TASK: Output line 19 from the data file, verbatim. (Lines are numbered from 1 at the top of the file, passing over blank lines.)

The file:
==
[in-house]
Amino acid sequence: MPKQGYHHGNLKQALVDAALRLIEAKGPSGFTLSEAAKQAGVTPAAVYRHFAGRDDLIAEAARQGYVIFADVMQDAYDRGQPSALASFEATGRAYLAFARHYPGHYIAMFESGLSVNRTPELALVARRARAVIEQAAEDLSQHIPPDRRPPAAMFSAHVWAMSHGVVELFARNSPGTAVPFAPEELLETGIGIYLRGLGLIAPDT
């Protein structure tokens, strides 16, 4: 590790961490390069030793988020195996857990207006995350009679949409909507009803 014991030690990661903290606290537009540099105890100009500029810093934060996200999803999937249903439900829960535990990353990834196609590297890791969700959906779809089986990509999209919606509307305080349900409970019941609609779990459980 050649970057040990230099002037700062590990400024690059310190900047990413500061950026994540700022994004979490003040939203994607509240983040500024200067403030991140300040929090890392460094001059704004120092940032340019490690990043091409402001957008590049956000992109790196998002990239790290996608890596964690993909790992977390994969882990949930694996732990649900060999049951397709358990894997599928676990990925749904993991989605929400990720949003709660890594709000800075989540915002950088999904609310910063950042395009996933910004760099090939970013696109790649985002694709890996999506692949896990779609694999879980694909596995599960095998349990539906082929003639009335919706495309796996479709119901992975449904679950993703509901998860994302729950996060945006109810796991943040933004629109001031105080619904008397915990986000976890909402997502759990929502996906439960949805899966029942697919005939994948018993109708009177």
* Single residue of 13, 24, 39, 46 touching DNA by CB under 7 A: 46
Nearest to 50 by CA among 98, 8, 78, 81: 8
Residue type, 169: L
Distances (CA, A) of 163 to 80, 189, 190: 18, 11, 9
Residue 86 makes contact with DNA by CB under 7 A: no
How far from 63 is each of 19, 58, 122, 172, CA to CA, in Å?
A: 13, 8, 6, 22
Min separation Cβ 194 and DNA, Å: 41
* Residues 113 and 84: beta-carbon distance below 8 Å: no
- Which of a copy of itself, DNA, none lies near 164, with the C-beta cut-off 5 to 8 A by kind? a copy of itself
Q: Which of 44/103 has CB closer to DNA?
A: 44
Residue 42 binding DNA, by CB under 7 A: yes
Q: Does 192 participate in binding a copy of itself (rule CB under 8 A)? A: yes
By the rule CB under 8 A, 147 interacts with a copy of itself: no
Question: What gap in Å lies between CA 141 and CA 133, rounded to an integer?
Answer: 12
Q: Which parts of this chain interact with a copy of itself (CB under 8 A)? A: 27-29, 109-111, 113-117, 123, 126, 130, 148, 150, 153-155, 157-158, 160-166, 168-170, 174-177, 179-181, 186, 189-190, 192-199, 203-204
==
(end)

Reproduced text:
Question: What gap in Å lies between CA 141 and CA 133, rounded to an integer?